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Creepshow (1982)



George A. Romero's comic book sensibilities have always boiled just under the surface of his work. Dawn of the Dead is as much a graphic novel made flesh as it is a zombie movie. Martin is a concept that would fit easily into an EC comic. Even Night of the Living Dead, with its shock ending, is a bit like a story from "Tales from the Crypt." So when Romero and Stephen King collided creatively for the first time, it came as little surprise that the effort would not be for a straight adaptation of one of King's novels. Instead, they recreated something straight out of their childhoods...

Creepshow is a horror anthology - a beast one didn't see a lot after Amicus closed up house in the mid-1970s. There's five tales here, each one packing its own delicious bit of twisted irony or supernatural revenge. Anybody who's ever read an old-time horror comic should feel instantly familiar with these stories.

"Father's Day" involves a family reunion, an ashtray, and an unnatural desire for cake. "The Lonesome Death of Jordy Verrill" features King himself as a backwoods yokel who discovers a meteor with all sorts of growth potential. "Something To Tide You Over" tells of Leslie Nielsen's interesting plan of vengeance against the man who stole his wife (played by Ted Danson), while "The Crate" is about college professors, brass-balled shrews, and a wooden box of some strangeness. Finally, "They're Creeping Up On You" is... well, gross.

In any given anthology film, some of the stories are just stronger than others. Even if every tale's written well and produced with style, there's just going to be a few that stand out and make the others look less entertaining. It's a credit to Creepshow that each of the segments have been championed by different viewers at different times. My favorite is "The Lonesome Death..." if only for Stephen King's madcap, zany performance. His role is both overwrought and overwritten, but it's amusing as hell to watch. "The Crate" is also pretty good, but it's overly long and doesn't end when it needs to.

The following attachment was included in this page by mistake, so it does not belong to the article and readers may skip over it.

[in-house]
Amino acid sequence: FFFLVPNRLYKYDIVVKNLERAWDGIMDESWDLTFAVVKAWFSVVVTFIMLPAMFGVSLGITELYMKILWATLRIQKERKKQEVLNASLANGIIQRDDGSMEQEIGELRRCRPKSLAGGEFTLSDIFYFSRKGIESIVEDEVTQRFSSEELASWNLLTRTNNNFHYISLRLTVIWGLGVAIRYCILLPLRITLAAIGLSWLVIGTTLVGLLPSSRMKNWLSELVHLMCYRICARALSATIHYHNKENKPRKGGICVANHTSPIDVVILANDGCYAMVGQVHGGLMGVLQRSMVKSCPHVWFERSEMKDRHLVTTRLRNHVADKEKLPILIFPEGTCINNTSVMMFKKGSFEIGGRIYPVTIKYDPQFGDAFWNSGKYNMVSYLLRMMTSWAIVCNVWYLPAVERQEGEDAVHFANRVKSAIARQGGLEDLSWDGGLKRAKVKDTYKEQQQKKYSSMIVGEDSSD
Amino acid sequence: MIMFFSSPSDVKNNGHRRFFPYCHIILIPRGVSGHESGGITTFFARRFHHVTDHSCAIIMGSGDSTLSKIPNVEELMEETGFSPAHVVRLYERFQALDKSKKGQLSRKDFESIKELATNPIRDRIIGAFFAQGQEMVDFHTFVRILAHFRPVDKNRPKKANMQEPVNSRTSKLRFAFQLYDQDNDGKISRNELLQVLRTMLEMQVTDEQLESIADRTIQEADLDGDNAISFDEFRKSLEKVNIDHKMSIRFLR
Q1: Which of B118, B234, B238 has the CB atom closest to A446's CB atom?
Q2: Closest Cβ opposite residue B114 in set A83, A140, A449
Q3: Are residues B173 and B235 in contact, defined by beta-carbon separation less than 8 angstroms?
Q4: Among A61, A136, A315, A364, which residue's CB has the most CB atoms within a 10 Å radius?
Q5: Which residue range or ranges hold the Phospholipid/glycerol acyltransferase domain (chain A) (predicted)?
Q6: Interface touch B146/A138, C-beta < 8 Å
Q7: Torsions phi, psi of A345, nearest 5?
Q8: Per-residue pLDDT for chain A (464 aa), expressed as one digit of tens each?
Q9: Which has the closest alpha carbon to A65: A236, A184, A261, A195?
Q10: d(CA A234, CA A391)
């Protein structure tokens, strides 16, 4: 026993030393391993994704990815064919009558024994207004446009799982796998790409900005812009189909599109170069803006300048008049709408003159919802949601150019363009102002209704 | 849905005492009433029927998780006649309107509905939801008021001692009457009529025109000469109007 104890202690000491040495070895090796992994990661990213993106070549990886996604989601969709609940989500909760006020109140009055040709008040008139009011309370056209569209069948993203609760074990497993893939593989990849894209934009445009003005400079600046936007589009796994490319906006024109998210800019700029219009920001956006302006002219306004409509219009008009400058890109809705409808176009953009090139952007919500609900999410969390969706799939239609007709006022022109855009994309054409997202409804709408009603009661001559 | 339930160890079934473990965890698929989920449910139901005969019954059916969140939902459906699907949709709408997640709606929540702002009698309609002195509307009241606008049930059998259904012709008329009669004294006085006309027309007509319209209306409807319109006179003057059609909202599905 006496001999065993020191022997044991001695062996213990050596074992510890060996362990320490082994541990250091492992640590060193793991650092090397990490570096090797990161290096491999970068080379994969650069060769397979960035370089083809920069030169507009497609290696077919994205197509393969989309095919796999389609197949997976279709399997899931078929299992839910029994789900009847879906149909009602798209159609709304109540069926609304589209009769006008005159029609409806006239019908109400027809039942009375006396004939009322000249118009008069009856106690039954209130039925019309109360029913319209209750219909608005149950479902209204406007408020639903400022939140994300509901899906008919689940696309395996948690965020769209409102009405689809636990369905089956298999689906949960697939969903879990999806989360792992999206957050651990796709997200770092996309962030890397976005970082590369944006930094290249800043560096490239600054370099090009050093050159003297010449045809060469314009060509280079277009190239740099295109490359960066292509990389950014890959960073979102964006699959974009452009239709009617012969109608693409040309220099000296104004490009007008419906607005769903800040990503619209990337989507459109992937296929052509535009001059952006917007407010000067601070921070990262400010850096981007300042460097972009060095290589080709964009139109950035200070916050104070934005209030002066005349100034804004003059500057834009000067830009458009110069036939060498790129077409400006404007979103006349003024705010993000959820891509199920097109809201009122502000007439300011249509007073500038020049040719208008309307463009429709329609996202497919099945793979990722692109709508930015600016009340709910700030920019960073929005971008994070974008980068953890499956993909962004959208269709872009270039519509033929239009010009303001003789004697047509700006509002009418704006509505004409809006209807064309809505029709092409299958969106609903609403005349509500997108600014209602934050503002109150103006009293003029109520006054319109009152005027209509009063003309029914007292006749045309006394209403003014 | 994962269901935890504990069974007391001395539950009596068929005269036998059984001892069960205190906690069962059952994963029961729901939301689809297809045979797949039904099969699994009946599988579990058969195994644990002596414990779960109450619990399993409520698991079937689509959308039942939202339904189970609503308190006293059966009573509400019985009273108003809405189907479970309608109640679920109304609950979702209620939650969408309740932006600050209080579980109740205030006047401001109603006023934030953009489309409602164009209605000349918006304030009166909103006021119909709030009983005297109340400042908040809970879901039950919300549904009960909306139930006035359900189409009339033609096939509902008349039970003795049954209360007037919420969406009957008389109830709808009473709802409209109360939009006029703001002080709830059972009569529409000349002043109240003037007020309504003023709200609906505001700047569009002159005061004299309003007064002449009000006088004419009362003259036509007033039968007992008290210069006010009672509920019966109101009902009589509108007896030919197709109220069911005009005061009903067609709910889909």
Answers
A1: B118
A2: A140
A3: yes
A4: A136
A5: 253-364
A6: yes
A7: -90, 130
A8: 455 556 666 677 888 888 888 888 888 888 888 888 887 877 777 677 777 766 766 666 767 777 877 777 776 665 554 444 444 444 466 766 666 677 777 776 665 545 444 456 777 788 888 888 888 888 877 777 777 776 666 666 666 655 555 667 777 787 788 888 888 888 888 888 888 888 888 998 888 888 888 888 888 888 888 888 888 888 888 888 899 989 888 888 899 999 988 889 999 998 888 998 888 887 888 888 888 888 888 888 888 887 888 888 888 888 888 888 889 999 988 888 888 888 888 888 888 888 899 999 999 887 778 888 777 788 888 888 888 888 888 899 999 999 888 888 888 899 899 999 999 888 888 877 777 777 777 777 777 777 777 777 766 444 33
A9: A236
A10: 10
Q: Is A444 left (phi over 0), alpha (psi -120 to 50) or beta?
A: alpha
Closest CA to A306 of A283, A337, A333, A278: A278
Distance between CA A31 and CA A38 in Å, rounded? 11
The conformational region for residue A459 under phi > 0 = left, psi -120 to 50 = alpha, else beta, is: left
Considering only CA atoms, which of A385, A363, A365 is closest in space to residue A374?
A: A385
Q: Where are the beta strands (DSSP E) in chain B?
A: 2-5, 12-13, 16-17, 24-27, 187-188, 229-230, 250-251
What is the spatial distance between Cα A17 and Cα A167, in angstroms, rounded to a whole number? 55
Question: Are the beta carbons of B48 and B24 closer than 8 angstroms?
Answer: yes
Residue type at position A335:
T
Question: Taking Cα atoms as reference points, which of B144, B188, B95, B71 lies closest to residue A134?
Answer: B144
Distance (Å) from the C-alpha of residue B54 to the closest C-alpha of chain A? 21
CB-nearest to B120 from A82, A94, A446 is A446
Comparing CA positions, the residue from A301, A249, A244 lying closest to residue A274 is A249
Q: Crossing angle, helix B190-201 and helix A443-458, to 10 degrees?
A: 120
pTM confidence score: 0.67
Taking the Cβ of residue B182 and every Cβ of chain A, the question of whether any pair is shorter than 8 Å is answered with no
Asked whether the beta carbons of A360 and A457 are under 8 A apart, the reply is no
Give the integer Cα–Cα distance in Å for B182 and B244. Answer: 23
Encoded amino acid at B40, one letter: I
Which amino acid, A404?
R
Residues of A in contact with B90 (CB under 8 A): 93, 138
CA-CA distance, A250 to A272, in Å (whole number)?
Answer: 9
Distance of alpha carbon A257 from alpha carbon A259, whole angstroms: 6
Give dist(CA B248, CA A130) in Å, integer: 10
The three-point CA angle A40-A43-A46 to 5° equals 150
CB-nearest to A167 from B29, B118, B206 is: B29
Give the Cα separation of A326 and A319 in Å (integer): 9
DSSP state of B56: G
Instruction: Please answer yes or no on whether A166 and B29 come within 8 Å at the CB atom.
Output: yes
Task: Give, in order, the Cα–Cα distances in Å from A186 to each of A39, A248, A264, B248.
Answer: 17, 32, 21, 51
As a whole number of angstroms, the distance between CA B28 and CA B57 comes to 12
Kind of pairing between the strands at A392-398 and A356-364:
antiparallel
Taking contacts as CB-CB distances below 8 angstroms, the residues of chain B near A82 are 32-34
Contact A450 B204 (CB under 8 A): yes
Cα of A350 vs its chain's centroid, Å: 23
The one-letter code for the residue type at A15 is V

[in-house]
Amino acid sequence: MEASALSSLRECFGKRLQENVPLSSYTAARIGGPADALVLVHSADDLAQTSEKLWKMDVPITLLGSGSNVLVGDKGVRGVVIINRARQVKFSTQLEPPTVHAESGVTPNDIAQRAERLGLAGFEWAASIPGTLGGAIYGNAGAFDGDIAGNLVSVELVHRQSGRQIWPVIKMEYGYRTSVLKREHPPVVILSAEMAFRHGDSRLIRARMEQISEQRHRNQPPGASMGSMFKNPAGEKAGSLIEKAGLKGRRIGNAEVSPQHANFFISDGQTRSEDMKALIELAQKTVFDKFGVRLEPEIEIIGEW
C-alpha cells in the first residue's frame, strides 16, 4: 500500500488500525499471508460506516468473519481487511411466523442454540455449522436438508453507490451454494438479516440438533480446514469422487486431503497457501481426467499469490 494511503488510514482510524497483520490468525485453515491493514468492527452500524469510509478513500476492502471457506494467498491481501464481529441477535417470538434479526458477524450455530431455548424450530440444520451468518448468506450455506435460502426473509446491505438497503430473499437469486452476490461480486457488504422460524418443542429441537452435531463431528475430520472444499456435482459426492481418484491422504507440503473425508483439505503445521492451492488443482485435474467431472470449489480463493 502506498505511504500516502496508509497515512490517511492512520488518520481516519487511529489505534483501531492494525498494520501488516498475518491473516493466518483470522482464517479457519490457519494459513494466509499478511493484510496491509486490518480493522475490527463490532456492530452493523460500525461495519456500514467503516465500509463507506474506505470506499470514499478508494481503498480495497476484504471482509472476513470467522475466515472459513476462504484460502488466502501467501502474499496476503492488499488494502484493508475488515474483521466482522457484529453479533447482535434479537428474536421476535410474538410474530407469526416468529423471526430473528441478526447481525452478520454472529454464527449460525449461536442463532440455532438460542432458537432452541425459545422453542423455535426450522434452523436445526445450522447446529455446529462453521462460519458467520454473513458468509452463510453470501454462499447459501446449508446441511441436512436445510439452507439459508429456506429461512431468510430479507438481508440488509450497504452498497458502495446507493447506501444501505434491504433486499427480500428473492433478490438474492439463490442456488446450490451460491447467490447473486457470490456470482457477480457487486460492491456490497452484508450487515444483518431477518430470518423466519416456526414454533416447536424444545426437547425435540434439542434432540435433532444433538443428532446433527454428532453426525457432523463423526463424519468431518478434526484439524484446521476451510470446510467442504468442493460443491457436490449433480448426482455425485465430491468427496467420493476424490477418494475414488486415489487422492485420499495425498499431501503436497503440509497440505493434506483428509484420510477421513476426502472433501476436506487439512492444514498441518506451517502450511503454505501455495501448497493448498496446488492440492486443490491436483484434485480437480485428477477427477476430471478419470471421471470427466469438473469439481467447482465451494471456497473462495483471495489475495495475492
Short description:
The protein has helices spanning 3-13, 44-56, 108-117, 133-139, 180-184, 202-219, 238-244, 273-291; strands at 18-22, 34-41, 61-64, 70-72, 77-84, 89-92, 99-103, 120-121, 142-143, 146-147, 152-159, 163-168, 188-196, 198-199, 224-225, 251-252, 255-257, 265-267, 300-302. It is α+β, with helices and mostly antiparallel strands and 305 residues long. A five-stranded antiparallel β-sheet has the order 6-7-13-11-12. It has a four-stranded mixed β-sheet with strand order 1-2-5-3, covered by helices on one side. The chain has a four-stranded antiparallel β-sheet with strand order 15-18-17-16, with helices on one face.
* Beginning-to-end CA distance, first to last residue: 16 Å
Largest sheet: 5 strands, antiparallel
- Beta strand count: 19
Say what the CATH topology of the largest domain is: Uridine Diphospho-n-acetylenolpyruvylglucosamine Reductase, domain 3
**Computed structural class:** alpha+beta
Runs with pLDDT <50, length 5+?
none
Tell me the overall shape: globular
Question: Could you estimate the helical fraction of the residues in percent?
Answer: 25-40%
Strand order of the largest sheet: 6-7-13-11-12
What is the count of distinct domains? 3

Romero and King are having far too much nodding, winking fun to really be scary, but that's okay. Creepshow has a very specific goal - to capture the garish, gruesome atmosphere of an old-time horror comic. In this it succeeds for the most part. It's really a fun little film to pop in the DVD player and let spin.

The cinematography, in particular, is pretty impressive. Nearly every frame in the film could be frozen and made into a comic book panel. It's just staged that way. Romero's use of weird colored lighting that comes from nowhere (a technique I'm sure he picked up from Dario Argento but uses only when necessary) is perfect for the tone, and it's a nice touch that the specific colors remain fairly consistent throughout the movie.

There's one annoying trick that Romero employs that tends to make the film screech to a bloody halt. Sometimes he builds the structure of a comic right into the visual format of the screen. Small scenes will be staged in comic book panels, with captions over them. It's a cute idea, but Romero's already bringing across the EC concept simply in how he frames his shots. The rest is superfluous and distracting.

A word of warning on the DVD. The Warner Bros. disc I have is a "flipper" with a full-frame version on one side and widescreen on the other. However, the "widescreen" version is nothing more than a matted version of the pan 'n' scan, cutting off the top and bottom instead of restoring the left and right sides. It's one of the few discs where the full-frame is preferable.

Despite Romero's quirky source literalism, Creepshow is another solid film in his oeuvre It also holds the distinction of being a film written by Stephen King that's actually actively recommendable. Watch it on Halloween night with a bowl of popcorn and a bag of candy corn. Just, ah, don't have any raisins or other small, black food items nearby when you reach the very last segment. Trust me on that one.


The monster in "The Crate" was nicknamed Fluffy by the crew.